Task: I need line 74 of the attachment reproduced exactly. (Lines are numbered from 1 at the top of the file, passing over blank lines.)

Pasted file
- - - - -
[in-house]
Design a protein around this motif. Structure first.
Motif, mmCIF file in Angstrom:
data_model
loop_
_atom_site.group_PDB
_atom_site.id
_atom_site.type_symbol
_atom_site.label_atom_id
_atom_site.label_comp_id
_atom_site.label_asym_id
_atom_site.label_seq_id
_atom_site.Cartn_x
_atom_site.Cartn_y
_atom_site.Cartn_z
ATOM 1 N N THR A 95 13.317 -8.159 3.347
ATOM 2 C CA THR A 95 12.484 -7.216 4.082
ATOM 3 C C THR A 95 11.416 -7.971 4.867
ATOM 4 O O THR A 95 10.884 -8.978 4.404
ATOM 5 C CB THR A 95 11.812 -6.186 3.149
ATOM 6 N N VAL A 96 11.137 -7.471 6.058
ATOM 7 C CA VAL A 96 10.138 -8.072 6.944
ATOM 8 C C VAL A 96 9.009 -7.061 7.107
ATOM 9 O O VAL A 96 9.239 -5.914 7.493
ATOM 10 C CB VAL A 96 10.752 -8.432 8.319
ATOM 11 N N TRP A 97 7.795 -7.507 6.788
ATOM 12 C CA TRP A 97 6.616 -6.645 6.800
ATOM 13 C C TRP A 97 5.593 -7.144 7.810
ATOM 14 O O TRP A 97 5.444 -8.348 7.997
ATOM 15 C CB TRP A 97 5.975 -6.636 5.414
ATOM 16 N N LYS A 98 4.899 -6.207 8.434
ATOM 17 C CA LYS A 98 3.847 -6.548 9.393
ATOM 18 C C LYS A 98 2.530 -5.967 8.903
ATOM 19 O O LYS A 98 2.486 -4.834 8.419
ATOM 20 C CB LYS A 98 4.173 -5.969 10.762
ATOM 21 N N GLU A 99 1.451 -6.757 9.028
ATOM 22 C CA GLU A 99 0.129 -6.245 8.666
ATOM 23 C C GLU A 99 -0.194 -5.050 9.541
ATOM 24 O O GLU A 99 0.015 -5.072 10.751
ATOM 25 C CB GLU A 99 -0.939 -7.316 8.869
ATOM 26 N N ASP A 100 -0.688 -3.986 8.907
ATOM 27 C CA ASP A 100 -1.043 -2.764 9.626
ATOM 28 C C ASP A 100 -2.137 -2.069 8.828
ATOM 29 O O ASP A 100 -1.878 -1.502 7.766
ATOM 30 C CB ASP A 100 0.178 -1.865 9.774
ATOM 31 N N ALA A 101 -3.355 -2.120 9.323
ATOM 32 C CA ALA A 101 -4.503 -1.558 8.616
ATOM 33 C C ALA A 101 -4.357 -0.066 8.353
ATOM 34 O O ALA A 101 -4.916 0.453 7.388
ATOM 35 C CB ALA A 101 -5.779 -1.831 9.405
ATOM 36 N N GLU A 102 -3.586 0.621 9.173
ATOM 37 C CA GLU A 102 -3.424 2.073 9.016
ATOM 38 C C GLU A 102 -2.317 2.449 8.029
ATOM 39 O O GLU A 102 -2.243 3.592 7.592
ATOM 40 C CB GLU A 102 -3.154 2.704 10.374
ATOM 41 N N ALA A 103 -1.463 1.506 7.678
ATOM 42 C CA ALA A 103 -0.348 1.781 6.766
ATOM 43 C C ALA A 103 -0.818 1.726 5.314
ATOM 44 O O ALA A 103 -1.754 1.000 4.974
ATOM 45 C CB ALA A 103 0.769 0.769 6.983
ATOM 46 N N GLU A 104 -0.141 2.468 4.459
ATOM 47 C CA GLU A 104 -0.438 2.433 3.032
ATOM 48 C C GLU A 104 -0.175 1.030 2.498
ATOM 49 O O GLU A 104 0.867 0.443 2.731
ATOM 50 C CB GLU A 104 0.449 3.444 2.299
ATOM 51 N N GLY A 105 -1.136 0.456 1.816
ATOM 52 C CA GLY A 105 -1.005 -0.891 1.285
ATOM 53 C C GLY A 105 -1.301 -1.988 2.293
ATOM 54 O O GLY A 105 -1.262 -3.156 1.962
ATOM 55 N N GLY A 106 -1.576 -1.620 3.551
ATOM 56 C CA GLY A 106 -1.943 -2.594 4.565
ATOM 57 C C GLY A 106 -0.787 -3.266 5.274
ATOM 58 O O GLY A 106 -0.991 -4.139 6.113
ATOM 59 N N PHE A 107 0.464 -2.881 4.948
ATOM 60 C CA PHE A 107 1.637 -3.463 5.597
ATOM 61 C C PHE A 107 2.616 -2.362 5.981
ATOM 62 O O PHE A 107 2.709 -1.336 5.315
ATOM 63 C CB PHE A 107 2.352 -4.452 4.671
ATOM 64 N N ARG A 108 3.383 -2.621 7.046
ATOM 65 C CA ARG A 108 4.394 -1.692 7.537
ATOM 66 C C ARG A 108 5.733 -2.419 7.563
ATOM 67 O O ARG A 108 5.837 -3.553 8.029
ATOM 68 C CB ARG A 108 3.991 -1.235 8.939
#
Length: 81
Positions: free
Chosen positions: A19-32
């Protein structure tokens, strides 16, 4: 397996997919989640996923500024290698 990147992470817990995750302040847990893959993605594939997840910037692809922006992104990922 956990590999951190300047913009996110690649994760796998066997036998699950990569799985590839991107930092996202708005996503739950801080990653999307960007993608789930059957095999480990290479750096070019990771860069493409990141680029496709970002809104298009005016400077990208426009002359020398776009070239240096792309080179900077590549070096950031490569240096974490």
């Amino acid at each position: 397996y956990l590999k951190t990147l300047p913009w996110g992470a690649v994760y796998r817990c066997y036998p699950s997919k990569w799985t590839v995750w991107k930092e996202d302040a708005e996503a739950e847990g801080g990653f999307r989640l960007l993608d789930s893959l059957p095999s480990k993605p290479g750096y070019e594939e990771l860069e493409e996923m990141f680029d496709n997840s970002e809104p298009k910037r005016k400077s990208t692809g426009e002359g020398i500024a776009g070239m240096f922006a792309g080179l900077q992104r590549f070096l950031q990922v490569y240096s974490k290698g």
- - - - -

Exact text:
ATOM 59 N N PHE A 107 0.464 -2.881 4.948